Protecting clients from too much risk is key to this local hedge fund manager's day job. But he's putting that caution to one side as he delves into the taxi business.
It’s been a difficult year for those working service industries. As the covid rules have changed to allow more interaction, some businesses have seen a return to similar levels of activity before lockdown.
Taxis have kept going, although business levels may take time to return to what they were - so why is a company more associated with a ‘carback’ service, now branching out into that sector?
Alex Morgan, the director and one of the main shareholders of Home James, explained his plans to Express...
Pictured: Alex's day job as a hedge fund manager allows him to pursue other projects, including his latest venture with Home James.
It was a chance encounter in La Paz, the capital of Bolivia, that prompted Alex Morgan to leave his native Tasmania where he’d been helping his father run a bookshop. He was no stranger to being in one place, and then another, having lived in Singapore and Brunei as a child. His parents were teachers and liked to combine their jobs with travel.
His move here came about during a trip in South America where he had joined the same tour in a converted army truck that his now wife Natacha, was on. She was from Jersey, and as Alex had been a fan of Gerald Durrell in his youth, they started talking.
“The problem with Tasmania is it’s very beautiful, but it’s a long, long way away from anywhere where anything’s actually happening. I was looking for some kind of career, this was post-university days, and I kind of hijacked her world trip and convinced her to let me come back to Jersey.”
At university he had studied economics and arts, the Australian equivalent of humanities. That included studying Japanese and Mandarin and spending time in China which helped him improve his language skills. In Australia they learn Indonesian, Japanese and Mandarin in school because they are more useful than French, German and Spanish.
Pictured: Alex moved to Jersey after meeting his now wife Natacha on trip in South America.
“You haven’t got that European cultural and lingual introduction, but you can get your head around them, and Japanese and Chinese share a lot of the same characters in their script, but even though the pronunciation will be totally different, the meanings of the actual characters are the same. I find them fascinating, just a totally different way of speaking and thinking. But I felt apart from doing something at university out of interest, I needed to be able to establish a career, so I did economics as well.”
And although he has fewer opportunities to practice his languages, Jersey has been a good base to get established. Falling into accountancy helped Alex understand the mechanics of business and showed him how to avoid some basic errors. When he and his father bought the bookshop, an existing business, they made a fundamental mistake.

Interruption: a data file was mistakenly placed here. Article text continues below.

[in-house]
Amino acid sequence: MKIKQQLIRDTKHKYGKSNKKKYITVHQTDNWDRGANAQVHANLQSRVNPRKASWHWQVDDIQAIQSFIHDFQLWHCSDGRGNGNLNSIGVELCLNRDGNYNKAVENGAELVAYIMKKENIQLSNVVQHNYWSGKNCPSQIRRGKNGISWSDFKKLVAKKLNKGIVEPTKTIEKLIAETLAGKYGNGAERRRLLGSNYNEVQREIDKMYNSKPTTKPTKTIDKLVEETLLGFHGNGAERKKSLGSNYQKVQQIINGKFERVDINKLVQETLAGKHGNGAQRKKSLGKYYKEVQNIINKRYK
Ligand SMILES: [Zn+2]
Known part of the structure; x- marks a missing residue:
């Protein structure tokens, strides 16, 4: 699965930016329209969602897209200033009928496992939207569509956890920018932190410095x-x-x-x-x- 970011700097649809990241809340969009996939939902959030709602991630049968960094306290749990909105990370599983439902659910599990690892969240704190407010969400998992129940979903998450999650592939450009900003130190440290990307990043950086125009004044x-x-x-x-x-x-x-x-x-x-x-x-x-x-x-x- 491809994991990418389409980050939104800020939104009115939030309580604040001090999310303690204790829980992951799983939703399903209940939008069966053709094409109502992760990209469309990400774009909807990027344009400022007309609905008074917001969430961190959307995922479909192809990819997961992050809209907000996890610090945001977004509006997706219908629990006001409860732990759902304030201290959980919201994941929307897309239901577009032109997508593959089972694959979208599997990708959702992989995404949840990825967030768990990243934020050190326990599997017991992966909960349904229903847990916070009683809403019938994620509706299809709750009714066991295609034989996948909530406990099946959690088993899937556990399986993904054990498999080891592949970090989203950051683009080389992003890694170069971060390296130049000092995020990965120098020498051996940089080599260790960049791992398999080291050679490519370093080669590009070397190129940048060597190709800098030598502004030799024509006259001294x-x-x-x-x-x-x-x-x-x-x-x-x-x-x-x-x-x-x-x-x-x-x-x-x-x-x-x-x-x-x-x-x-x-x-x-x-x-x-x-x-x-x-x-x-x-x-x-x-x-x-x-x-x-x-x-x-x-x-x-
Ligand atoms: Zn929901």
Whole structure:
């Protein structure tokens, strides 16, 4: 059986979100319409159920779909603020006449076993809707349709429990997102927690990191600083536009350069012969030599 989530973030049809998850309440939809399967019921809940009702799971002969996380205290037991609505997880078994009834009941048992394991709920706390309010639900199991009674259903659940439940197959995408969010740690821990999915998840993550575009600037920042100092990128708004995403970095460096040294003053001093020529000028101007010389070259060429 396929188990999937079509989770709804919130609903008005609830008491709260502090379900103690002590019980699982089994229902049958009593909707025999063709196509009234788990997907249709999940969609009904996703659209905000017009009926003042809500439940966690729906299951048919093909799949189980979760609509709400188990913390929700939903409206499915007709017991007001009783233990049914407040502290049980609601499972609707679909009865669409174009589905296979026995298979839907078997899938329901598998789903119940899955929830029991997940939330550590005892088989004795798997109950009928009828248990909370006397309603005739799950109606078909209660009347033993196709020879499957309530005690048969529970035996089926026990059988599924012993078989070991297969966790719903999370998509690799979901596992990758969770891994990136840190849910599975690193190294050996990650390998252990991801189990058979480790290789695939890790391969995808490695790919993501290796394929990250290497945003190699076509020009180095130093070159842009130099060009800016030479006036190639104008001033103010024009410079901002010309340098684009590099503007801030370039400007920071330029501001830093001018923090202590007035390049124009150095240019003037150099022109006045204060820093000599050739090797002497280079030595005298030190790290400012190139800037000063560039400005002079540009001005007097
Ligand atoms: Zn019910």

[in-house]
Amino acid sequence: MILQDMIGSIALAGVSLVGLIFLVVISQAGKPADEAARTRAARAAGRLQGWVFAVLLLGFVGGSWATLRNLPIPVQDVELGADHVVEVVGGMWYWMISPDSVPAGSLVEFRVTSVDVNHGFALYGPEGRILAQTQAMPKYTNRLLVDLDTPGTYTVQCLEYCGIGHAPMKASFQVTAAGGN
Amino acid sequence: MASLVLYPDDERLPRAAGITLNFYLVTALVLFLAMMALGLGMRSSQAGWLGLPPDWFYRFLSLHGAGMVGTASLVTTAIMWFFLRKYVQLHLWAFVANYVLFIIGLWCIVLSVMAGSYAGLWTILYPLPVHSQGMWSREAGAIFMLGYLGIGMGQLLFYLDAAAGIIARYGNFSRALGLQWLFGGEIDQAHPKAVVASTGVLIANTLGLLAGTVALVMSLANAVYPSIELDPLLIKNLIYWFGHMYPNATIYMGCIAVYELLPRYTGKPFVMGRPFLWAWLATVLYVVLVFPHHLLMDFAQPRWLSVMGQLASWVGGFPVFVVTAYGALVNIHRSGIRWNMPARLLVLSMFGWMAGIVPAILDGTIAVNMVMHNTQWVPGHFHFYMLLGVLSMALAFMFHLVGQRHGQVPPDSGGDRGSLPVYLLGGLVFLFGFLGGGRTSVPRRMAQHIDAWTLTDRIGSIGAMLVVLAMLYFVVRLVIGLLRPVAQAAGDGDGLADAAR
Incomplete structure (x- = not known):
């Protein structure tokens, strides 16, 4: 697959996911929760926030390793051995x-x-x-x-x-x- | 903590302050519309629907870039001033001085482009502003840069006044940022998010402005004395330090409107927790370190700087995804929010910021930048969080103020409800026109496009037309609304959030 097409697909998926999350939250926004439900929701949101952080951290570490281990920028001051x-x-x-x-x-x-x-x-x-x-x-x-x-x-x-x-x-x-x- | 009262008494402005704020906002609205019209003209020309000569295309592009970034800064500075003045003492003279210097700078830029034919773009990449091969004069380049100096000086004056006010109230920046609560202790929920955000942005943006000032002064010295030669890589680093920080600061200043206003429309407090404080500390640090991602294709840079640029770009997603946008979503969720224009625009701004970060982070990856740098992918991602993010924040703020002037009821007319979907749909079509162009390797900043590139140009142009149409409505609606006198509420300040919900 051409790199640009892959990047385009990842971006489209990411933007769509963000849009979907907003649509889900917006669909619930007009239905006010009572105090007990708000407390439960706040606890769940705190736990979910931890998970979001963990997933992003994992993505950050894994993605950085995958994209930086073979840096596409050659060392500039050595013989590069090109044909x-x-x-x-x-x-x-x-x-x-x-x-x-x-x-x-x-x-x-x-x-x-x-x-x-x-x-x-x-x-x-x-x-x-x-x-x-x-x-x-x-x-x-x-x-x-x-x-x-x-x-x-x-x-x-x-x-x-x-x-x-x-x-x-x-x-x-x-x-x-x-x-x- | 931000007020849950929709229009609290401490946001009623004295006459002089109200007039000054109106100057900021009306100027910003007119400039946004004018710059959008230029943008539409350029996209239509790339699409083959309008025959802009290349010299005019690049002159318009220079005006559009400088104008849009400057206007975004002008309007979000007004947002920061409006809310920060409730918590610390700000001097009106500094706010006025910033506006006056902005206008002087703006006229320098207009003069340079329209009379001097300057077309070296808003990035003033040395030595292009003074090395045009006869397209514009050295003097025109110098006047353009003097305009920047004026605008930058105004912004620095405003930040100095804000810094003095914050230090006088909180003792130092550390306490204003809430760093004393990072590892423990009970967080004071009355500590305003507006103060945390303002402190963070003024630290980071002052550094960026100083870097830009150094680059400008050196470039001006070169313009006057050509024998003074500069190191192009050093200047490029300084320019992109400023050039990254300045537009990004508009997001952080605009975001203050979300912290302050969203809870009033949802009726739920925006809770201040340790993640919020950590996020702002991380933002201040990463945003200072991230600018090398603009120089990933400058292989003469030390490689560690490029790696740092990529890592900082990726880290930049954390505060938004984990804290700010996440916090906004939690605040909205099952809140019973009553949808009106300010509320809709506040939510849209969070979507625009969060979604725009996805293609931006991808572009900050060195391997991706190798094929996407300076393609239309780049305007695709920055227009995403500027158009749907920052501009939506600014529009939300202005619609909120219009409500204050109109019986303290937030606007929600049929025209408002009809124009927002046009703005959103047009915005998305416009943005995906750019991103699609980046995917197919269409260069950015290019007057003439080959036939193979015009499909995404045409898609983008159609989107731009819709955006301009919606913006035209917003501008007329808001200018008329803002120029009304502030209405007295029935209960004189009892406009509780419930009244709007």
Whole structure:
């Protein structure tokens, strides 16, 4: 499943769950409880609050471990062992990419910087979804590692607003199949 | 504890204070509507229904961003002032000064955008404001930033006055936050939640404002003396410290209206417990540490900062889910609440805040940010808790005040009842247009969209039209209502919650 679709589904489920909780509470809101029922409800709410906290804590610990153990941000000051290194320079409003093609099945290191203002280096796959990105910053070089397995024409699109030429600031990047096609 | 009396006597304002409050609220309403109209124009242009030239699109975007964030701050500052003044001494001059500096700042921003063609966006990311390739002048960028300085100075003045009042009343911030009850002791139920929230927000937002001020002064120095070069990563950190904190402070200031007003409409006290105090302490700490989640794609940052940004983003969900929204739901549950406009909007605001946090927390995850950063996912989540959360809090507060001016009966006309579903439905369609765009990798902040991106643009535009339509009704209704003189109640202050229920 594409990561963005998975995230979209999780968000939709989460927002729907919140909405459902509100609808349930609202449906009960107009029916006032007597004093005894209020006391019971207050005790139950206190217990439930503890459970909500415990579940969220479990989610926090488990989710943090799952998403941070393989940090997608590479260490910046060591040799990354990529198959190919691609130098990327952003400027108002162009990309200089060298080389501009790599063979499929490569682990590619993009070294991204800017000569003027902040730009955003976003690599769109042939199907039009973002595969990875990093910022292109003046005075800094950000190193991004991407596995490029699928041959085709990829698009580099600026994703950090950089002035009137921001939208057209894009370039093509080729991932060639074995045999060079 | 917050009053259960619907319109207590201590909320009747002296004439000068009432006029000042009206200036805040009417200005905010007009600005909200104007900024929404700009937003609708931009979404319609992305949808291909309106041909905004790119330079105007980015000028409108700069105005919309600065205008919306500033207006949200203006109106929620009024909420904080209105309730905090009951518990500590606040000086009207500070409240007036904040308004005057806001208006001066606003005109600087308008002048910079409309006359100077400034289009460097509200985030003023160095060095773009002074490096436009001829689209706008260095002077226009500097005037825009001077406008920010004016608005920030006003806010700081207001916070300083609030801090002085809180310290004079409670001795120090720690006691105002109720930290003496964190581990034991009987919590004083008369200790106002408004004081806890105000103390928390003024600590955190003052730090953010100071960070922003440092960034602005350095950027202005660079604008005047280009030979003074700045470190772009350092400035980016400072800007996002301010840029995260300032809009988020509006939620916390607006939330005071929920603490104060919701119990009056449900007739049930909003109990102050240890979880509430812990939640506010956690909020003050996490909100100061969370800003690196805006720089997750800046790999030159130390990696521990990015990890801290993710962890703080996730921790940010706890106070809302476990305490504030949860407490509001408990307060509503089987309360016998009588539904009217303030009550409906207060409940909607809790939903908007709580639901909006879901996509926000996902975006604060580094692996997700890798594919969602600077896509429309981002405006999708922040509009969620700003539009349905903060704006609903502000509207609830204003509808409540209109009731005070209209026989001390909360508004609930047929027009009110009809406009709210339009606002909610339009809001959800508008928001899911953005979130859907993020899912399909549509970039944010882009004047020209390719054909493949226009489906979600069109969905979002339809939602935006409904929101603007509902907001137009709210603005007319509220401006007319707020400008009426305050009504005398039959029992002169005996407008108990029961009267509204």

“We gave the financial statements to our accountant to review for us. He said it looked fine and then about six months later, a real schoolboy error, we realised the owners who both worked full time in the business had not been posting their salaries as expenses. If they had, it would’ve been a loss-making entity rather than a profit-making one. I now know that it’s a classic trick people use when selling their business which we didn’t realise at the time. Had we known, we may not have bought it, certainly not for the price we paid. That hit home quite hard that there is so much that can be hidden away in these books.”
Alex moved from accountancy to hedge fund management and for four days a week is the Chief Operating Officer at Perdurance Asset Management. It gives him the freedom to pursue other projects and was involved in a start-up business that was eventually sold to Nasdaq.
Pictured: Alex could see how there were ways to develop the car valeting company, including launching a taxi service.
“I find finance is very much about what can you do for yourself and your clients. It’s very rarely about what can you do for anybody else. I also find it is predictable enough that it is not completely fulfilling. I needed something I know nothing about so I can jump in at the deep end again, kind of like when I first came here.”
He looked through the Lakey offshore website for businesses for sale, looking for ones that interest him. That’s when he saw Home James pop up. Not knowing anything about the business other than it seemed to be doing well, and he could see how there were different ways to develop it.
“The guy who helped to run it was a fabulous guy called Miguel Pereira and he was really energetic and entrepreneurially minded, and I thought we could make a good team. So, I went for it and we have gradually been dipping our toes into trying different things.”
They started offering mobile car valeting in 2017 and as that expanded, they decided to look at taxis. Home James already had a booking service that has staff answering calls, but some might see launching a taxi service during a global pandemic as risky.